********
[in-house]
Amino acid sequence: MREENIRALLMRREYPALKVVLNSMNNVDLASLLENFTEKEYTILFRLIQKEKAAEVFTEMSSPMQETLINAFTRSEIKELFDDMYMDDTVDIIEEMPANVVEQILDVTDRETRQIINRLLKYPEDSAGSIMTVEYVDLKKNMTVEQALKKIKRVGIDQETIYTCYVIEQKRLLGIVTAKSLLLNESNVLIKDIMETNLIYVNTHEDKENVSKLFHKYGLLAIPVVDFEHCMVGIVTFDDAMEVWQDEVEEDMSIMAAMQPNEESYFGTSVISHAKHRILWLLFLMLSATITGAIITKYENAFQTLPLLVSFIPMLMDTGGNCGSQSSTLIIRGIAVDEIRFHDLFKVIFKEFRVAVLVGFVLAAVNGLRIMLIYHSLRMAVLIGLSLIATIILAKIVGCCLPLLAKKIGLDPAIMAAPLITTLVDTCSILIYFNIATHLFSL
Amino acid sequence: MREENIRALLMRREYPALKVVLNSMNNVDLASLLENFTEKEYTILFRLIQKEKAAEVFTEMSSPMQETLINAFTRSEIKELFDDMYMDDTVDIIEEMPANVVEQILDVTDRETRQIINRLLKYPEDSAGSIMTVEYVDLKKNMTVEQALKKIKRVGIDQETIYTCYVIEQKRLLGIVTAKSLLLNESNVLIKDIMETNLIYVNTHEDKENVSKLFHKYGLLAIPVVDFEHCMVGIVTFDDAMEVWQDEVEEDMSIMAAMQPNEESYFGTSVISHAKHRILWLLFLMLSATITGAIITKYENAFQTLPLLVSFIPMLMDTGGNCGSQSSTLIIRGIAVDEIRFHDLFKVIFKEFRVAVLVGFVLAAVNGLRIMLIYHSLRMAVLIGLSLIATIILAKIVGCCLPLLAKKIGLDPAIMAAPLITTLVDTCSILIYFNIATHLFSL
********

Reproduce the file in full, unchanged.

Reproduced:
[in-house]
Amino acid sequence: MREENIRALLMRREYPALKVVLNSMNNVDLASLLENFTEKEYTILFRLIQKEKAAEVFTEMSSPMQETLINAFTRSEIKELFDDMYMDDTVDIIEEMPANVVEQILDVTDRETRQIINRLLKYPEDSAGSIMTVEYVDLKKNMTVEQALKKIKRVGIDQETIYTCYVIEQKRLLGIVTAKSLLLNESNVLIKDIMETNLIYVNTHEDKENVSKLFHKYGLLAIPVVDFEHCMVGIVTFDDAMEVWQDEVEEDMSIMAAMQPNEESYFGTSVISHAKHRILWLLFLMLSATITGAIITKYENAFQTLPLLVSFIPMLMDTGGNCGSQSSTLIIRGIAVDEIRFHDLFKVIFKEFRVAVLVGFVLAAVNGLRIMLIYHSLRMAVLIGLSLIATIILAKIVGCCLPLLAKKIGLDPAIMAAPLITTLVDTCSILIYFNIATHLFSL
Amino acid sequence: MREENIRALLMRREYPALKVVLNSMNNVDLASLLENFTEKEYTILFRLIQKEKAAEVFTEMSSPMQETLINAFTRSEIKELFDDMYMDDTVDIIEEMPANVVEQILDVTDRETRQIINRLLKYPEDSAGSIMTVEYVDLKKNMTVEQALKKIKRVGIDQETIYTCYVIEQKRLLGIVTAKSLLLNESNVLIKDIMETNLIYVNTHEDKENVSKLFHKYGLLAIPVVDFEHCMVGIVTFDDAMEVWQDEVEEDMSIMAAMQPNEESYFGTSVISHAKHRILWLLFLMLSATITGAIITKYENAFQTLPLLVSFIPMLMDTGGNCGSQSSTLIIRGIAVDEIRFHDLFKVIFKEFRVAVLVGFVLAAVNGLRIMLIYHSLRMAVLIGLSLIATIILAKIVGCCLPLLAKKIGLDPAIMAAPLITTLVDTCSILIYFNIATHLFSL